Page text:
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Rule

Adequacy of Indiana Solid Waste Landfill Permit Programs Under RCRA Subtitle D

Document Details

Information about this document as published in the Federal Register.

Published Document

This document has been published in the Federal Register. Use the PDF linked in the document sidebar for the official electronic format.

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AGENCY:

Environmental Protection Agency (EPA).

ACTION:

Direct final rule.

SUMMARY:

Under Section 4005(c)(1)(C) of the Resource Conservation and Recovery Act (RCRA), EPA can approve state permit programs for solid waste disposal facilities that receive hazardous waste from conditionally exempt small quantity generators (CESQGs). A generator is a CESQG in a calendar month if he generates no more than 100 kilograms of hazardous waste in that month. CESQGs are subject to minimal record keeping and reporting requirements under RCRA, but must satisfy three basic regulatory requirements to remain exempt from the full scope of hazardous waste regulations that apply to other generators: compliance with hazardous waste determination requirements, compliance with storage quantity limits, and compliance with applicable hazardous waste treatment and disposal regulations. Federal regulations specify that CESQG hazardous waste must be disposed of in either: a hazardous waste landfill subject to RCRA Subtitle C; a state licensed or permitted municipal solid waste landfill (MSWLF) subject to the RCRA Subtitle D regulations; or a state licensed or permitted non-municipal, non-hazardous waste disposal unit subject to the RCRA Subtitle D regulations. This document approves Indiana's regulation that requires that CESQG hazardous waste must be disposed of in either a permitted MSWLF subject to the RCRA Subtitle D regulations, or a hazardous waste facility subject to RCRA Subtitle C.

EPA is publishing this rule to approve applicable regulations in Indiana without prior proposal because we believe this action is not controversial, and we do not expect comments that oppose it. Unless we receive written comments that oppose this approval during the comment period, the decision to approve the subject regulations in Indiana will take effect as scheduled. If we receive comments that oppose this action, we will publish a document in the Federal Register withdrawing this rule before it takes effect, and a separate document in the proposed rules section of this Federal Register will serve as a proposal to approve the subject regulations for Indiana.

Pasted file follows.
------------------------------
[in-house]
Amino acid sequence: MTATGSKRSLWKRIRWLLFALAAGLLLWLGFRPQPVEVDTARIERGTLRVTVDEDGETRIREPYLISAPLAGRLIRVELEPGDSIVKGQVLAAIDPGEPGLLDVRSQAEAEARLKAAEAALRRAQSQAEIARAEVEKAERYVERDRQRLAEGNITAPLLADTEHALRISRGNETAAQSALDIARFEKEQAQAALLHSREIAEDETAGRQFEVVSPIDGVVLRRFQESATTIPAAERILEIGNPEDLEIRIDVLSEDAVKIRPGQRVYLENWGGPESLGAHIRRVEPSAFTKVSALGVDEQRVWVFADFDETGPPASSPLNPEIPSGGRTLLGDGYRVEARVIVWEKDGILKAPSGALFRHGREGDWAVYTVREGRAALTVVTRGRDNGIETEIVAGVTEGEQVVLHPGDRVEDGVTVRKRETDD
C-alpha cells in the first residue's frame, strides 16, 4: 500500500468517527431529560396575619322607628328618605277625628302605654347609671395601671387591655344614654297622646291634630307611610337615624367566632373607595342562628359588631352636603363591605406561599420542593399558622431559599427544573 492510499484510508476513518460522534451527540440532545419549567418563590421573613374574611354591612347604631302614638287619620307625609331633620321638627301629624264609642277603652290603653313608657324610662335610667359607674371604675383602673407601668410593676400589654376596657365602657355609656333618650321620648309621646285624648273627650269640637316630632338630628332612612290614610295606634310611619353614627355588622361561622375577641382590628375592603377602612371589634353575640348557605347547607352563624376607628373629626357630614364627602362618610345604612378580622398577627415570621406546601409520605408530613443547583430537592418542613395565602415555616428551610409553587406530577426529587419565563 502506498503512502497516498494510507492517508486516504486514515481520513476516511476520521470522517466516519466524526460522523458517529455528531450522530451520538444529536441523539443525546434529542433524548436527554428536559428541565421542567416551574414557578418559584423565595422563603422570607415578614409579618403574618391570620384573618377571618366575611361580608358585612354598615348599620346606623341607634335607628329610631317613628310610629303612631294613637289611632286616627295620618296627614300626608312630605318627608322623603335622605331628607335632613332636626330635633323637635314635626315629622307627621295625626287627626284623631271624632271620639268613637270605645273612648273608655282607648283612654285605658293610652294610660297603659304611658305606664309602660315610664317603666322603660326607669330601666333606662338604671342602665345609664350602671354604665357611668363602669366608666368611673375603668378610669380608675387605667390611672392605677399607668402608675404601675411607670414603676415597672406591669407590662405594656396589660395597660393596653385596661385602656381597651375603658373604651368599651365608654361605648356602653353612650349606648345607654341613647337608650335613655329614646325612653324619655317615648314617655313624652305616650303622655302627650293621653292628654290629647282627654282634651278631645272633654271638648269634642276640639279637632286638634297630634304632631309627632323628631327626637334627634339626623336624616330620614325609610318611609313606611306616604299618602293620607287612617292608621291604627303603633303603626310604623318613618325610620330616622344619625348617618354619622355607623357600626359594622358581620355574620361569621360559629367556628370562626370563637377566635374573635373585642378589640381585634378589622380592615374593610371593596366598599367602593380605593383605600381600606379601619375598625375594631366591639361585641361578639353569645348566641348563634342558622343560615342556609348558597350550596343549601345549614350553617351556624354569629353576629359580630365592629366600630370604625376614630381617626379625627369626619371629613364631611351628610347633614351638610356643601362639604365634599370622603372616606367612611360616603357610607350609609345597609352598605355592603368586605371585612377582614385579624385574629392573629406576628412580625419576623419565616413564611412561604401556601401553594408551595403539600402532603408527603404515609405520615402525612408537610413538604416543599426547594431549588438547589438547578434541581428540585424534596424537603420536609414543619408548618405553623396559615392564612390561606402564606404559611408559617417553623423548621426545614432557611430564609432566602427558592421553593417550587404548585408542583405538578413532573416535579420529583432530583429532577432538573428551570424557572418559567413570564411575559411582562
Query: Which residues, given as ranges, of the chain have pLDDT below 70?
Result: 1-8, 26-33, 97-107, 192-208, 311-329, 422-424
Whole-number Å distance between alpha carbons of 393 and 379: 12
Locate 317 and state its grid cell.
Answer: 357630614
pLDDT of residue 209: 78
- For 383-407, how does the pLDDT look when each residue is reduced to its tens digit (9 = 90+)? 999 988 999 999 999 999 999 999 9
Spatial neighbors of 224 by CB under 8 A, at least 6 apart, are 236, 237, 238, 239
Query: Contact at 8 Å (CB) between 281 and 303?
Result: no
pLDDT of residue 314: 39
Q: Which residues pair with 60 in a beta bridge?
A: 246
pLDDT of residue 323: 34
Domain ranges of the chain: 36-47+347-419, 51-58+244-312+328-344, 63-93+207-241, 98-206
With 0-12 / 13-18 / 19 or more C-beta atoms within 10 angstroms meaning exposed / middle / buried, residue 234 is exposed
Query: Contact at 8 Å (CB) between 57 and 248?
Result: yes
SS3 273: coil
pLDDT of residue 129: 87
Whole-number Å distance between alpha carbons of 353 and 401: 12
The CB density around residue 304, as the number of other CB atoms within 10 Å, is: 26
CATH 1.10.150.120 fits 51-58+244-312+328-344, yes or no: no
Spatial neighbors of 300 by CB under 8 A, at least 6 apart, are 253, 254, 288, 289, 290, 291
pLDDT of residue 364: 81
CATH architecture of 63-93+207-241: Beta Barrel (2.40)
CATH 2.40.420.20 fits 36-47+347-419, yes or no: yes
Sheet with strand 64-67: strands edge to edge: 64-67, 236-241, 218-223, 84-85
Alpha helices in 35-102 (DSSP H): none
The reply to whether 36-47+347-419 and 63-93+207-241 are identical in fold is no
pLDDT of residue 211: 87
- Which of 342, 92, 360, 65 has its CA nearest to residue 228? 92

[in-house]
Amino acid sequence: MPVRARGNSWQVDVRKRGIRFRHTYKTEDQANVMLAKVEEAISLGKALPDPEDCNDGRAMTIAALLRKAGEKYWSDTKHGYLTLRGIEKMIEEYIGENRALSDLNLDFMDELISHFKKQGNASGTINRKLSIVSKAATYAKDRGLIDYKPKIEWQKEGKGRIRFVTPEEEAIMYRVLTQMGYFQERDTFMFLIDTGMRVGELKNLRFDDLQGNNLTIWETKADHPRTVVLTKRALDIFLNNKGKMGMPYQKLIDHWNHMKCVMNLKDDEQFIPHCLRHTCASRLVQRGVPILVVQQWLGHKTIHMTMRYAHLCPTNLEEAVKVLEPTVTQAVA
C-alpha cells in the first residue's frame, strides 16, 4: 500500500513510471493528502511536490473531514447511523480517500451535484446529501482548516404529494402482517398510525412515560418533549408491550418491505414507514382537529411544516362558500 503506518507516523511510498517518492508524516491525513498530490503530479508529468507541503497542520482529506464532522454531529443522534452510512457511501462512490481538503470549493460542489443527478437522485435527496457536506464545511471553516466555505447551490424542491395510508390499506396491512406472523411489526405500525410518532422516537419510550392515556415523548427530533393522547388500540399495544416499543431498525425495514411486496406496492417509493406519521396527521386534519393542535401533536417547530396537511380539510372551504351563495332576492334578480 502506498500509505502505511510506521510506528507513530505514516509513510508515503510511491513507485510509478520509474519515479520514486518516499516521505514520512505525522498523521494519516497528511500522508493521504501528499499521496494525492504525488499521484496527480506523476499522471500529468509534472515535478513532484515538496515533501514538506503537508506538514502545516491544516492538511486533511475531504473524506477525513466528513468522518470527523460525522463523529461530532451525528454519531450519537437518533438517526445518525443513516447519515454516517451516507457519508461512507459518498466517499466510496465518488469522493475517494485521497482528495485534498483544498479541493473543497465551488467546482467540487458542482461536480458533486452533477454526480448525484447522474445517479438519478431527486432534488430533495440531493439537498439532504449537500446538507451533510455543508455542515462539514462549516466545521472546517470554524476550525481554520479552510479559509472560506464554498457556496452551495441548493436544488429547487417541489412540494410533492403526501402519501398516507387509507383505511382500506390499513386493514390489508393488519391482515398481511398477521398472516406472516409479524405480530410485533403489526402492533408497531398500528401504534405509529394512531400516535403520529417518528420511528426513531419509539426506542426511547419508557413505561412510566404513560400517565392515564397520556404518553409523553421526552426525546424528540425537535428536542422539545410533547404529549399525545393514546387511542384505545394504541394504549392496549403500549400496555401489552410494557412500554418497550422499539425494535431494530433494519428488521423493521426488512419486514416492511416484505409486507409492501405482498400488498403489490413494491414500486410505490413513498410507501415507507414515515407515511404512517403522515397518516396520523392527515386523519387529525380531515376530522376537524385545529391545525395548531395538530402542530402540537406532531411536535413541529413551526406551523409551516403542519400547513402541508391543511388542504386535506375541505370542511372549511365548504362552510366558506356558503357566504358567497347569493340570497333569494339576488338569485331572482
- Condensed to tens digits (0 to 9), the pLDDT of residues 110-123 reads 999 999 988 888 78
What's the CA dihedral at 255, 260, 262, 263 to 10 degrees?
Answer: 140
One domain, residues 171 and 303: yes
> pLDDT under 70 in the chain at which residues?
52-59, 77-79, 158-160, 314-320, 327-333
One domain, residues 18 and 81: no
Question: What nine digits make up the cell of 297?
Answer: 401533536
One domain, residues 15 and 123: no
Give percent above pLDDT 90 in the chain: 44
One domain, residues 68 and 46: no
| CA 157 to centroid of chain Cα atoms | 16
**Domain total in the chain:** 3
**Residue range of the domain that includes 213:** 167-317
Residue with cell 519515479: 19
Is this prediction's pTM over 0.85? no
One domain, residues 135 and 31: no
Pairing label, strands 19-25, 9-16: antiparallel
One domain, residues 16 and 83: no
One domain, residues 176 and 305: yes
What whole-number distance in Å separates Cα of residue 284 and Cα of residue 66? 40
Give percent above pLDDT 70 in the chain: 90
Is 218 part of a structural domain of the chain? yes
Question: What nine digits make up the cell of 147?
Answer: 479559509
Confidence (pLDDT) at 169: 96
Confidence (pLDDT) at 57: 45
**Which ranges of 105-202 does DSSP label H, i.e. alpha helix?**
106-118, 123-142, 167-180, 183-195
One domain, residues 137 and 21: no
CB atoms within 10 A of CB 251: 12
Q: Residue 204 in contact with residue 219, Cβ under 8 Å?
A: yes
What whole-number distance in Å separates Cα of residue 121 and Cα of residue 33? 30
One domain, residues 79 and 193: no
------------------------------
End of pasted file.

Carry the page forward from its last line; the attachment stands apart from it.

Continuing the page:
DATES:

This direct final rule is effective on September 14, 2004, unless EPA receives relevant adverse written comment by August 16, 2004. If EPA receives such comment, it will publish a timely withdrawal of this direct final rule in the Federal Register and inform the public that this rule will not take effect.

ADDRESSES:

Send written comments to Ms. Susan Mooney, Waste Management Branch (Mail Code: DW-8J), U.S. EPA Region 5, 77 West Jackson Boulevard, Chicago, IL 60604. Comments may also be submitted electronically to: mooney.susan@epa.gov or by facsimile at (312) 353-4788. Comments in electronic format should identify this specific notice. Documents pertaining to this regulatory docket can be viewed and copied during regular business hours at the EPA Region 5 office located at the address noted above.

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FOR FURTHER INFORMATION CONTACT:

For information on accessing documents or supporting materials related to this rule or for information on specific aspects of this rule, contact Susan Mooney, Waste Management Branch (Mail code: DW-8J), U.S. EPA Region 5, 77 West Jackson Boulevard, Chicago, IL 60604, phone (312) 886-3585, or by e-mail at mooney.susan@epa.gov.

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SUPPLEMENTARY INFORMATION:

A. Background

Under 40 CFR 261.5, “Special Requirements for Hazardous Waste Generated by Conditionally Exempt Small Quantity Generators,” which was promulgated on March 24, 1986 (51 FR 10174), CESQG waste could be disposed of only in an EPA or State regulated hazardous, municipal, industrial or miscellaneous waste landfill. At that time, EPA had promulgated rules only for hazardous waste landfills and MSWLFs, not for industrial or miscellaneous waste landfills that accepted CESQG waste. On July 1, 1996, EPA promulgated criteria under its solid waste program at 40 CFR Part 257, subpart B, for industrial waste and other non-municipal, non-hazardous waste landfills that accept CESQG waste (61 FR 34252-34278). In the same notice, EPA also revised its hazardous waste program regulations at 40 CFR 261.5 (f)(3) and 261.5 (g)(3) to allow the disposal of CESQG waste in non-municipal, non-hazardous waste landfills that meet the requirements of 40 CFR Part 257, subpart B, as well as in hazardous waste landfills or MSWLFs that meet appropriate Federal regulations.

RCRA Section 4005 requires states to develop permitting programs or other systems of prior approval and conditions to ensure that solid waste disposal units that receive household hazardous waste or CESQG waste or both comply with the revised Federal criteria under parts 258 and 257, subpart B. To fulfill this need, EPA issued the State Implementation Rule on October 23, 1998, (63 FR 57026) to provide a process for approving state permitting programs for municipal solid waste landfills and for non-municipal solid waste landfills that receive CESQG waste.